Qualifying fluency

« previous post | next post »

The current xkcd:

Mouseover title: "[20 minutes later] ", hi.""

I'm not sure that there are 20 minutes worth of additional "qualifiers" beyond those given in the cartoon, though there are certainly plenty left off of that list: you know, really, yeah, seems like, believe it or not, apparently, sort of, … And there isn't a bright line between pure "qualifiers" (if any exist) and more contentful ways of framing a message or adjusting its impact, like "It's hard to believe this, but …", or "Recently I noticed…". Our president is fond of "Many people are saying …".

In the less contentful direction, as the cartoon's caption suggests, the listed words and phrases are not only qualifiers, they're also (one of the types of) fillers. Which in turn are considered to be one of the types of dysfluency (or disfluency).

And as I suggested in "Dysfluency considered harmful" (5/19/2019), the thing is, I gotta say, all of the many types of dysfluency have a double life. They might be symptoms of a breakdown in the flow of communication, signaling a problem in planning or execution. Or they might be an intrinsic part of the communicated message, contributing to its meaning like any other words and phrases. Or they might be something in between.

That's why I suggested that in linguistic discourse, the terms dysfluency and disfluency ought in most cases to be replaced by a more neutral word, such as interpolation.


  1. GH said,

    June 4, 2019 @ 7:55 am

    I'm reminded of Fred Armisen's "Nicholas Fehn" character on SNL, where after a bit of setup he would launch into an improvised monologue of such qualifiers (and other prefatory comments), constantly interrupting himself so that he never actually says anything substantive.

    "You… I know you, and I wish… look, I'm your friend, and I think… look, half the people here… I… there… look, I truly believe that, at best… well, my parents, there was a time, that there were… don't you think if we all, if everyone here… sir, sir, sir…. ma'am… you two, the both of you…" etc.

  2. Walter said,

    June 4, 2019 @ 8:28 am

    I was also reminded of Sir Humphrey:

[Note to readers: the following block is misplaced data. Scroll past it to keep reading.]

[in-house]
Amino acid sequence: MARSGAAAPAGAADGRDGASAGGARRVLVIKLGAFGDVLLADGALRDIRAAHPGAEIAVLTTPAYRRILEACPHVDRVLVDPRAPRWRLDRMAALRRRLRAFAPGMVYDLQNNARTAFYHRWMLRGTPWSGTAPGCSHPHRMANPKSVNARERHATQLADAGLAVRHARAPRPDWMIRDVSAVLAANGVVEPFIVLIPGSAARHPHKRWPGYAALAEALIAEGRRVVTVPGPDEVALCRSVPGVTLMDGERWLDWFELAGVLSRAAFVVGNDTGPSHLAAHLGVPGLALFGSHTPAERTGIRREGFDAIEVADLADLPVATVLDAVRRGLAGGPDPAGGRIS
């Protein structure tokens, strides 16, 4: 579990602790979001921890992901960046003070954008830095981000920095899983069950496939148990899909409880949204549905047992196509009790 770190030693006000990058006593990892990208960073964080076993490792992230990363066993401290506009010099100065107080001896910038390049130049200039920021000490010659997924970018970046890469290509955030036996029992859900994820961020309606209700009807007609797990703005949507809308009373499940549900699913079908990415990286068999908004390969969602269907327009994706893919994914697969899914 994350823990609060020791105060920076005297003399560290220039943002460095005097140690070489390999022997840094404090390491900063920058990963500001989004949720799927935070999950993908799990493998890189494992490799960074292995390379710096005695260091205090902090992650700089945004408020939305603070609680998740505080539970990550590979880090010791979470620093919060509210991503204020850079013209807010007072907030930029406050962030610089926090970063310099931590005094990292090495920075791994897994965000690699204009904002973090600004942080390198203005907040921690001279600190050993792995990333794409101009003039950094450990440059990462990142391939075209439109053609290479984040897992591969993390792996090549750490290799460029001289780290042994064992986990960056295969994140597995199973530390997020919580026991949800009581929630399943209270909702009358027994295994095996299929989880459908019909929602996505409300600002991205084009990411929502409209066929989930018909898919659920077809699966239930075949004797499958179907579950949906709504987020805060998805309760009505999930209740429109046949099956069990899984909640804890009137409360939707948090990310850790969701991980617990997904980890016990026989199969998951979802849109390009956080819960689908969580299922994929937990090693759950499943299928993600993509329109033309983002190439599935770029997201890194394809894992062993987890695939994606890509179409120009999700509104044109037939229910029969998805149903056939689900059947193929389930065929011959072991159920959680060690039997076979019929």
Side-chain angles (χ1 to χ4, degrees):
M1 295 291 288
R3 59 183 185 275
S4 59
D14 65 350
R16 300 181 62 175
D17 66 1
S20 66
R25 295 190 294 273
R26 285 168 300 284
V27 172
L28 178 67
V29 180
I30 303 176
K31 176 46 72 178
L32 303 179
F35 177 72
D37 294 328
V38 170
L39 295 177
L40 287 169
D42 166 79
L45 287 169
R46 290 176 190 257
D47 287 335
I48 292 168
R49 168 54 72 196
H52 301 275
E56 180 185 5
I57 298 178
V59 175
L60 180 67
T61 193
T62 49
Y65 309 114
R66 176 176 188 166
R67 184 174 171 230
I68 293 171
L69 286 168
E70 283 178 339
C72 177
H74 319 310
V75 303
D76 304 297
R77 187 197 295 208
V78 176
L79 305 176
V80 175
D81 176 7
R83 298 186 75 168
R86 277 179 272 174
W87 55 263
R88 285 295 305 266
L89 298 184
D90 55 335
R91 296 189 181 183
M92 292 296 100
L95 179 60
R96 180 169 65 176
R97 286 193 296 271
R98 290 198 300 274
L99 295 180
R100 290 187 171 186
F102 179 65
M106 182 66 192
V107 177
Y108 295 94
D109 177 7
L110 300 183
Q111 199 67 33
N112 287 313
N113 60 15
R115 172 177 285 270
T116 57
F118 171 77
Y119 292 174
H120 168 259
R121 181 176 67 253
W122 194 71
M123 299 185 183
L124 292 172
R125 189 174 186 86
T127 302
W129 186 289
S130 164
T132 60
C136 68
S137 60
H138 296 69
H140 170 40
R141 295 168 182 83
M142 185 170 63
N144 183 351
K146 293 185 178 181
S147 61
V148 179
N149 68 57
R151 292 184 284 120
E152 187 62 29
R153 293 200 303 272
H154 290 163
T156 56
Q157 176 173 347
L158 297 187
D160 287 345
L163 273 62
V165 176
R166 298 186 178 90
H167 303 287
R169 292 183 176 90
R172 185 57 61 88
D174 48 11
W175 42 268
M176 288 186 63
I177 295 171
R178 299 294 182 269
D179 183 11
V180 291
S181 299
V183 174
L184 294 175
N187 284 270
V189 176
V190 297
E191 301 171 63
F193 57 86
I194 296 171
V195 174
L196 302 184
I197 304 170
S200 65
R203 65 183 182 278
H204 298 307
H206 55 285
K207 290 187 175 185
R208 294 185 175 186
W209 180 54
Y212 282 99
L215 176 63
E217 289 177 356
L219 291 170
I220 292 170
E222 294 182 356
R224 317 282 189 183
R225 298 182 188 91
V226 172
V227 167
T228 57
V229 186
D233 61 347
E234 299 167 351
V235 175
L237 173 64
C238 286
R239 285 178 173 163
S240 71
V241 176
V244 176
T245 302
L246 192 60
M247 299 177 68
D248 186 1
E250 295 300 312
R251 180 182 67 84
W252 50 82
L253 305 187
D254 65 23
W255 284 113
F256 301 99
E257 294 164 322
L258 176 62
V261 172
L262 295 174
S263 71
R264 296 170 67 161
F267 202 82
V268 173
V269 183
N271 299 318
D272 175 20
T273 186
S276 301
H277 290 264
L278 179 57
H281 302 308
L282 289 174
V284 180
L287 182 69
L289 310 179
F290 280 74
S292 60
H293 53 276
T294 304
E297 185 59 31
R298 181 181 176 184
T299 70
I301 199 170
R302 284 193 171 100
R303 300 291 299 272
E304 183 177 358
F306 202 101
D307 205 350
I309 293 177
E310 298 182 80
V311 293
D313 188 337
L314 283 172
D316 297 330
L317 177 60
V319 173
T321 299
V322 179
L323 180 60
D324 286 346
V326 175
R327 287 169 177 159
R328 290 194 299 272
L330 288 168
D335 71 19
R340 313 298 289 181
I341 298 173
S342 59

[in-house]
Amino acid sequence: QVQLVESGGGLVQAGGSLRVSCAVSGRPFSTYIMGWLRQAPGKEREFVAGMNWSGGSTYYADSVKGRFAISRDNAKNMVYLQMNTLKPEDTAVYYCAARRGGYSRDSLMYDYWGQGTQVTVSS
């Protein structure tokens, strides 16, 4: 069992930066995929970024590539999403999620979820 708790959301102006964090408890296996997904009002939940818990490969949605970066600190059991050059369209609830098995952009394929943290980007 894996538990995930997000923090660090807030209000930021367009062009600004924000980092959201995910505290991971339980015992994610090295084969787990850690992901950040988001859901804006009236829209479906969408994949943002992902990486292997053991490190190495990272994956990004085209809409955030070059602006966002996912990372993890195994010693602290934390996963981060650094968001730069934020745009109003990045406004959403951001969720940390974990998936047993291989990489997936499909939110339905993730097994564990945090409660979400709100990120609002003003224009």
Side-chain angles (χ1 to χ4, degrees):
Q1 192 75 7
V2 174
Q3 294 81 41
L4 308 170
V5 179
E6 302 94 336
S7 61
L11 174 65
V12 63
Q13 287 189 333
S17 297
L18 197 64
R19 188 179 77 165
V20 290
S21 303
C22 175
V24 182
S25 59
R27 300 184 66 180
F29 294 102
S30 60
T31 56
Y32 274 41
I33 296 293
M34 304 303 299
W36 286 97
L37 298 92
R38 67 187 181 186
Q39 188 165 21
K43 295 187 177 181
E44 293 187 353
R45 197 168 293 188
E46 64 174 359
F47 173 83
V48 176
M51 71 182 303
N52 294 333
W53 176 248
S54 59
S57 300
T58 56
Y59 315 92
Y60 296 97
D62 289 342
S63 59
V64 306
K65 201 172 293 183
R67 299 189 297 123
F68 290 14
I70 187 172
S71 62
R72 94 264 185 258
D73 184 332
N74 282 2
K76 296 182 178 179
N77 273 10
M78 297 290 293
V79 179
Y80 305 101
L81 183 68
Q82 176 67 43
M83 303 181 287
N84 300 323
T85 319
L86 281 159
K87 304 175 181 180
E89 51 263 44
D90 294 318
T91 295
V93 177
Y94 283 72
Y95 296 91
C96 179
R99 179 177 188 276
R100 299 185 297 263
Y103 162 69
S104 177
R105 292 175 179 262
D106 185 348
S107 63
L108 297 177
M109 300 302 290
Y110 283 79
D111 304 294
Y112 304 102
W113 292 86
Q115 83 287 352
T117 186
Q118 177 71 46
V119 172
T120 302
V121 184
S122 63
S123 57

"Well Minister, if you ask me for a straight answer, then I shall say that, as far as we can see, looking at it by and large, taking one thing with another in terms of the average of departments, then in the final analysis it is probably true to say, that at the end of the day, in general terms, you would probably find that, not to put too fine a point on it, there probably wasn't very much in it one way or the other. As far as one can see, at this stage."

  3. Victor Mair said,

    June 4, 2019 @ 8:37 am

    Japanese intellectual discourse is possessed of rich resources in this regard.

  4. Steve Jones said,

    June 4, 2019 @ 9:55 am

    Cf. the All-Purpose Opening Speech by the great Flann O'Brien: "this was to be one endless sentence, grammatically correct, and so devoid of meaning that it could be used on any conceivable occasion."


  5. Jerry Friedman said,

    June 4, 2019 @ 12:13 pm


    I'm reminded of one of my physics professors in grad school. If someone asked him a question in class, he would start with would start with more or less grammatical combinations of physics buzzwords and then without warning make a transition to a cogent and helpful answer.

    Though I don't listen to NPR news every day, I wouldn't mind if none of their reporters said "Here's the thing" any more this year.

  6. John Shutt said,

    June 5, 2019 @ 8:13 am

    I'm somewhat put in mind of an interlude in Tom Lehrer's /The Physical Revue/.

    Student: May I ask a question, sir?

    Instructor: Certainly.

    Student: Well, would you say that a relativistic approach to the nonsynthetic aspects of Newtonian mechanics is useful in formulating a comprehensive ontology for the metaphysical ramifications of empirical manifestations?

    Instructor: Uh… No.

    Student: Well, what /would/ you say?

    Instructor: I would say, that a relativistic approach to the nonsynthetic aspects of Newtonian is *not* useful in formulating a comprehensive ontology for the metaphysical ramifications of empirical manifestations.

  7. Andrew Usher said,

    June 6, 2019 @ 7:31 am

    Yes! I remember that too, it's one of the best moments there. I always took it to mean the instructor was cleverly telling the student his question was BS; but I suppose it could also being showing laziness. Perhaps both were intended.

    k_over_hbarc at yahoo dot com

  8. DWalker07 said,

    June 6, 2019 @ 12:18 pm

    Yesterday, on the radio, one commentator kept saying "Look, …." and "At the end of the day", and something else that I forget. Maybe "The thing is…"

    It bothers me when someone keeps prefacing a statement with "Look, …" as if he or she is trying to insist that I pay extra attention to what they are saying. Maybe they need an extra veneer of authenticity, but after a while, it gets annoying (more so when you start noticing it, and it keeps happening).

  9. Bloix said,

    June 6, 2019 @ 3:39 pm

    Obama often started answers with "Look." I don't like it – it feels like mild bullying.

RSS feed for comments on this post